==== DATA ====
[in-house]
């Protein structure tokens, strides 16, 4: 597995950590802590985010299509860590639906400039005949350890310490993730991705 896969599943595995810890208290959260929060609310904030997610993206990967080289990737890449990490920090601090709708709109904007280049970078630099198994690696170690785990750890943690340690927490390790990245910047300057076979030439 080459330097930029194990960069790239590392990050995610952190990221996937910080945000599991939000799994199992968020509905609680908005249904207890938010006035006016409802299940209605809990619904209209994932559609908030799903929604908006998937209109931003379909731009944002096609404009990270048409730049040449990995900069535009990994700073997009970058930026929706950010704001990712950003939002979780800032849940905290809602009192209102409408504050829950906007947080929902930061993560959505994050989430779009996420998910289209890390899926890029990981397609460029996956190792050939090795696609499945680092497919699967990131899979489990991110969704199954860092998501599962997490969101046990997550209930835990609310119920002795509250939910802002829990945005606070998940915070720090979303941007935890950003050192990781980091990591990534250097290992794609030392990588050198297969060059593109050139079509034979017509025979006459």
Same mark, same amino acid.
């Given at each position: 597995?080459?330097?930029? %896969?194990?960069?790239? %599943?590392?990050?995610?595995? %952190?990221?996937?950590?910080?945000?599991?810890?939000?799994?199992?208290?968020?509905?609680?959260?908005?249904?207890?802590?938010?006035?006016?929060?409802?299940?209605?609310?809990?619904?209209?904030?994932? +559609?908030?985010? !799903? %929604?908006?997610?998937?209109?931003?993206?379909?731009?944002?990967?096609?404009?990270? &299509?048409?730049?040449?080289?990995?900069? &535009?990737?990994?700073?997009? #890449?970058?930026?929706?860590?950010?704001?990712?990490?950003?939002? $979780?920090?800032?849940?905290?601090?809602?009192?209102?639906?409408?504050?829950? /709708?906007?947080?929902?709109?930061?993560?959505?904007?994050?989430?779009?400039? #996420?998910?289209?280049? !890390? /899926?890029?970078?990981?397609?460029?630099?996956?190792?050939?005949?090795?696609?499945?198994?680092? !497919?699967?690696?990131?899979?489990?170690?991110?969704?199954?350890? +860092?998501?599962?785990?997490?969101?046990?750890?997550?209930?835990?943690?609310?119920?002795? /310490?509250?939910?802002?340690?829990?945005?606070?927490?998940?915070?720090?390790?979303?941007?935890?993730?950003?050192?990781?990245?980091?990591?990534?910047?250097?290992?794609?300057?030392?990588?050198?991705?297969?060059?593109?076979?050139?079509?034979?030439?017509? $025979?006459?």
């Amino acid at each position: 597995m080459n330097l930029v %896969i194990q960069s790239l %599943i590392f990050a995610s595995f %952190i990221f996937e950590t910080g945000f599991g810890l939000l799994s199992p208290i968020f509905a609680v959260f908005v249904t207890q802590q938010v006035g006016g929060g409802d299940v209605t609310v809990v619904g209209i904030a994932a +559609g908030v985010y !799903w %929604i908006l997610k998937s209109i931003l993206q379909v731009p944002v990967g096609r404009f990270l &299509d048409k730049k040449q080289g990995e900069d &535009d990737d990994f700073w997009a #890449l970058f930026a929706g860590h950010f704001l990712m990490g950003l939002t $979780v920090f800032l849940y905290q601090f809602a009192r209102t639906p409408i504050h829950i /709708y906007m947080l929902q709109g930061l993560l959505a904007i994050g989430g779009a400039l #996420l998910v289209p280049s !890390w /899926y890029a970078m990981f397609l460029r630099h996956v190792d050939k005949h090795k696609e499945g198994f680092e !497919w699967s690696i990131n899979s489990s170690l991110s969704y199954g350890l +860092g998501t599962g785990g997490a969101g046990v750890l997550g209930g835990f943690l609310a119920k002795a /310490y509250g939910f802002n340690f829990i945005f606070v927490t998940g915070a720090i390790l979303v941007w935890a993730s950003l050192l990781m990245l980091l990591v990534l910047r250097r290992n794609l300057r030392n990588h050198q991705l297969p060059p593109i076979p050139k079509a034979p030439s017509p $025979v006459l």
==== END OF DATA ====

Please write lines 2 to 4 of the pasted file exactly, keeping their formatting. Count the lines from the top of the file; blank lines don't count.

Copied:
């Protein structure tokens, strides 16, 4: 597995950590802590985010299509860590639906400039005949350890310490993730991705 896969599943595995810890208290959260929060609310904030997610993206990967080289990737890449990490920090601090709708709109904007280049970078630099198994690696170690785990750890943690340690927490390790990245910047300057076979030439 080459330097930029194990960069790239590392990050995610952190990221996937910080945000599991939000799994199992968020509905609680908005249904207890938010006035006016409802299940209605809990619904209209994932559609908030799903929604908006998937209109931003379909731009944002096609404009990270048409730049040449990995900069535009990994700073997009970058930026929706950010704001990712950003939002979780800032849940905290809602009192209102409408504050829950906007947080929902930061993560959505994050989430779009996420998910289209890390899926890029990981397609460029996956190792050939090795696609499945680092497919699967990131899979489990991110969704199954860092998501599962997490969101046990997550209930835990609310119920002795509250939910802002829990945005606070998940915070720090979303941007935890950003050192990781980091990591990534250097290992794609030392990588050198297969060059593109050139079509034979017509025979006459």
Same mark, same amino acid.
């Given at each position: 597995?080459?330097?930029? %896969?194990?960069?790239? %599943?590392?990050?995610?595995? %952190?990221?996937?950590?910080?945000?599991?810890?939000?799994?199992?208290?968020?509905?609680?959260?908005?249904?207890?802590?938010?006035?006016?929060?409802?299940?209605?609310?809990?619904?209209?904030?994932? +559609?908030?985010? !799903? %929604?908006?997610?998937?209109?931003?993206?379909?731009?944002?990967?096609?404009?990270? &299509?048409?730049?040449?080289?990995?900069? &535009?990737?990994?700073?997009? #890449?970058?930026?929706?860590?950010?704001?990712?990490?950003?939002? $979780?920090?800032?849940?905290?601090?809602?009192?209102?639906?409408?504050?829950? /709708?906007?947080?929902?709109?930061?993560?959505?904007?994050?989430?779009?400039? #996420?998910?289209?280049? !890390? /899926?890029?970078?990981?397609?460029?630099?996956?190792?050939?005949?090795?696609?499945?198994?680092? !497919?699967?690696?990131?899979?489990?170690?991110?969704?199954?350890? +860092?998501?599962?785990?997490?969101?046990?750890?997550?209930?835990?943690?609310?119920?002795? /310490?509250?939910?802002?340690?829990?945005?606070?927490?998940?915070?720090?390790?979303?941007?935890?993730?950003?050192?990781?990245?980091?990591?990534?910047?250097?290992?794609?300057?030392?990588?050198?991705?297969?060059?593109?076979?050139?079509?034979?030439?017509? $025979?006459?």